Am I ugly?? Do I need cosmetic surgeries?
This is an important question may every one asked himself or herself. Am I really ugly? Do I need cosmetic surgeries? I say everybody is beautiful. If you don’t agree with me you are in the wrong way. If you think you are ugly you just don’t find someone who loves you, who will say you are the most beautiful person in the world in close future. Ten thousand people every month Google, “Am I ugly?. Faye is 13 and she lives in Denver. And like any teenager, she just wants to be liked and to fit in. It’s Sunday night. She’s getting ready for the week ahead at school. And she’s slightly dreading it, and she’s a bit confused because, despite her mom telling her all the time that she’s beautiful, every day at school, someone tells her that she’s ugly. Because of the difference between what her mom tells her and what her friends at school or her peers at school are telling her, she doesn’t know who to believe. So, she takes a video of herself. She posts it to YouTube and she asks people to please leave a comment: “Am I pretty or am I ugly?” Well, so far, Faye has received over 13,000 comments. This is an average, healthy-looking teenage girl receiving this feedback at one of the most emotionally vulnerable times in her life. Thousands of people are posting videos like this, mostly teenage girls, reaching out in this way. But, what’s the problem with all of this? Well, surely we want our kids to grow up as healthy, well-balanced individuals. But in an image-obsessed culture, we are training our kids to spend more time and mental effort on their appearance at the expense of all of the other aspects of their identities. So, things like their relationships, the development of their physical abilities, and their studies and so on begin to suffer. Six out of 10 girls are now choosing not to do something because they don’t think they look good enough. These are fundamental activities to their development as humans and as contributors to society and to the workforce. Thirty-one percent, nearly one in three teenagers, are withdrawing from classroom debate. They’re failing to engage in classroom debate because they don’t want to draw attention to the way that they look.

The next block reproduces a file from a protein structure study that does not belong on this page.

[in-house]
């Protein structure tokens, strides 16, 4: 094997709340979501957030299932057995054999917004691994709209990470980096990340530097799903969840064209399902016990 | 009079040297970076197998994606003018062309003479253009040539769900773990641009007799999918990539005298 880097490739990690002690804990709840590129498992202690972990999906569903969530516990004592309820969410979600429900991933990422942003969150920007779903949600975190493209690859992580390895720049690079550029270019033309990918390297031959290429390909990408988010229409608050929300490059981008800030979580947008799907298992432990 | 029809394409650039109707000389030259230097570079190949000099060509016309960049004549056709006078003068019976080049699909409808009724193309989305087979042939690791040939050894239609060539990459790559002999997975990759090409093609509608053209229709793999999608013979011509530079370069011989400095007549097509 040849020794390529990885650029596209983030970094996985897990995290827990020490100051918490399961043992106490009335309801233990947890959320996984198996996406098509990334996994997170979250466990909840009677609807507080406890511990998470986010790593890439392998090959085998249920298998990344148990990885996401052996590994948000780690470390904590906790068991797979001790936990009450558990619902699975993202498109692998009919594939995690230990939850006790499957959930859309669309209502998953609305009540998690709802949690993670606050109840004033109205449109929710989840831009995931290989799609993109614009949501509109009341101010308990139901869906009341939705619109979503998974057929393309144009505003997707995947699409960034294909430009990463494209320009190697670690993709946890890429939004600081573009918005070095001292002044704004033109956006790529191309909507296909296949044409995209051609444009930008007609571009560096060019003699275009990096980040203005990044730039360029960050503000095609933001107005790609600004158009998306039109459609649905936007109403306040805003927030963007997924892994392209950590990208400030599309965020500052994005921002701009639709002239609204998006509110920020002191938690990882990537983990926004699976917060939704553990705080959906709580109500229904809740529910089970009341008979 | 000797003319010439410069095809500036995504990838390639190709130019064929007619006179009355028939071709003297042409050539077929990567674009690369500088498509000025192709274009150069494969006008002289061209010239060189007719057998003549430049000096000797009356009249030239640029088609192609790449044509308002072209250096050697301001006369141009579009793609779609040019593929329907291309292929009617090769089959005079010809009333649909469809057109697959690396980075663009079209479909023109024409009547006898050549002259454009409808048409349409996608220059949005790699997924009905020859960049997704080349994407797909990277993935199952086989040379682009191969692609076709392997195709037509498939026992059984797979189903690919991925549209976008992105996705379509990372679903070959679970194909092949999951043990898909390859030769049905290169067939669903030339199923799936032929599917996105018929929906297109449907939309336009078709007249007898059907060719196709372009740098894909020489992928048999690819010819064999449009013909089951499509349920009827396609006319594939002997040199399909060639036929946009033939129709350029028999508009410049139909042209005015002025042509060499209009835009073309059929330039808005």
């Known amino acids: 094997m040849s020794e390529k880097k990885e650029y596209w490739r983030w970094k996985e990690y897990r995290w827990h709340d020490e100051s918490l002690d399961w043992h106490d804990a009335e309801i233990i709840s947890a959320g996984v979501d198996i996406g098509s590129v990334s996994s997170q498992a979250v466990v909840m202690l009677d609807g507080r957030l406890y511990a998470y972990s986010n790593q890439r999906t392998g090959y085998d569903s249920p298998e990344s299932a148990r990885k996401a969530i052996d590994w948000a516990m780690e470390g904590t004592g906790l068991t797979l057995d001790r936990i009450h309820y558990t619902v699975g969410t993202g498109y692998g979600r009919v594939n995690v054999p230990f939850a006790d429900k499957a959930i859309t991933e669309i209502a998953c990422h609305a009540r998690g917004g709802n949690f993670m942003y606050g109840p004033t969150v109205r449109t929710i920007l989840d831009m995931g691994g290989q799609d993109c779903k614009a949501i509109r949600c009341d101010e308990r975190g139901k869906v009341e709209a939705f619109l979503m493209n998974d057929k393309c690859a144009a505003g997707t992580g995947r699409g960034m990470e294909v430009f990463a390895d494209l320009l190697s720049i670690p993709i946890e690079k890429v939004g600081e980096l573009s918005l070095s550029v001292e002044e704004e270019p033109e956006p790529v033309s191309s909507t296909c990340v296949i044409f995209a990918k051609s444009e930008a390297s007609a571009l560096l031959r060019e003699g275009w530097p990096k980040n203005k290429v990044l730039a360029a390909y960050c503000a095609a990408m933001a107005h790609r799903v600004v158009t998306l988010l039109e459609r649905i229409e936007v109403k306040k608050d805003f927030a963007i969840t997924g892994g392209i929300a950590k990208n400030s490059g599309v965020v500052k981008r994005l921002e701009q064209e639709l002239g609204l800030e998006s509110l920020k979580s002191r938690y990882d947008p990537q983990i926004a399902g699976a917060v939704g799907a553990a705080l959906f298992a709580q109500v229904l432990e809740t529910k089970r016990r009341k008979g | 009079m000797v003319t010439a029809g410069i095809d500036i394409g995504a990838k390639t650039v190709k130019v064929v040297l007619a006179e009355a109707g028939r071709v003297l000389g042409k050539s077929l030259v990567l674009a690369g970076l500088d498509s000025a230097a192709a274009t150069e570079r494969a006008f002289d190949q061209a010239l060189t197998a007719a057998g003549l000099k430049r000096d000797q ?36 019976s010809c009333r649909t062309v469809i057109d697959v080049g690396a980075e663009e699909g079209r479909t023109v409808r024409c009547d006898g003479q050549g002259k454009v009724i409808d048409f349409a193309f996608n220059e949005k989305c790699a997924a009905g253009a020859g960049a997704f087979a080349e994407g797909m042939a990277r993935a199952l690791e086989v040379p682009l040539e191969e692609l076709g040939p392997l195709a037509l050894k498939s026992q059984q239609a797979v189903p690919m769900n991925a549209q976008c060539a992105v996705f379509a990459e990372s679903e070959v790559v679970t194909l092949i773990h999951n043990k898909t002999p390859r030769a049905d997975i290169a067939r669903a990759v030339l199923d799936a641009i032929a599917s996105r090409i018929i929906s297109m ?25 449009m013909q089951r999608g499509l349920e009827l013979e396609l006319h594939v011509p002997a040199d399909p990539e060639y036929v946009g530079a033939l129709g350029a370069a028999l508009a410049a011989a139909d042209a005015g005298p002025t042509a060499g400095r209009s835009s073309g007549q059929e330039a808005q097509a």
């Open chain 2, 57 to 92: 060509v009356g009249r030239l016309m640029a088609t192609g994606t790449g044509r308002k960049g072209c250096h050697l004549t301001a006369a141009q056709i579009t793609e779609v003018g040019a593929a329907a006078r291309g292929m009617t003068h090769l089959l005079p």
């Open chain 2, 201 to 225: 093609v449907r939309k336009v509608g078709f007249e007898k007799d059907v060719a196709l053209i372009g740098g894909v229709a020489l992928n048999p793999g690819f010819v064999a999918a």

It’s also damaging health. Teenagers with low body confidence do less physical activity, eat fewer fruits and vegetables, and partake in more unhealthy weight control practices that can lead to eating disorders. They have lower self-esteem. They’re more easily influenced by people around them and they’re at greater risk of depression. And we think it’s for all of these reasons that they take more risks with things like alcohol and drug use; crash dieting; cosmetic surgeries; unprotected, earlier sex; and self-harm. The pursuit of the perfect body is putting pressure on our healthcare systems and costing our governments billions of dollars every year. How do we do that? Well, talking, on its own, only gets you so far. It’s not enough by itself. If you actually want to make a difference, you have to do something. And we’ve learned there are three key ways: The first is we have to educate for body confidence. We have to help our teenagers develop strategies to overcome image-related pressures and build their self-esteem. Now, the good news is that there are many programs out there available to do this. The bad news is that most of them don’t work. I was shocked to learn that many well-meaning programs are inadvertently actually making the situation worse. So we need to make damn sure that the programs that our kids are receiving are not only having a positive impact but having a lasting impact as well. The research shows that the best programs address six key areas: The first is the influence of family, friends, and relationships. The second is media and celebrity culture, then how to handle teasing and bullying, the way we compete and compare with one another based on looks, talking about appearance — some people call this “body talk” or “fat talk” — and finally, the foundations of respecting and looking after yourself. These six things are crucial starting points for anyone serious about delivering body-confidence education that works. An education is critical, but tackling this problem is going to require each and every one of us to step up and be better role models for the women and girls in our own lives. Challenging the status quo of how women are seen and talked about in our own circles. Let me ask you when was the last time that you kissed a mirror? Ultimately, we need to work together as communities, as governments, and as businesses to really change this culture of ours so that our kids grow up valuing their whole selves, valuing individuality, diversity, inclusion. Right now, our culture’s obsession with image is holding us all back. But let’s show our kids the truth. Let’s show them that the way you look is just one part of your identity and that the truth is we love them for who they are and what they do and how they make us feel. Let’s build self-esteem into our school curriculums. Let’s each and every one of us change the way we talk and compare ourselves to other people. And let’s work together as communities, from grassroots to governments, so that the happy little one-year-olds of today become the confident change makers of tomorrow. Let’s do this.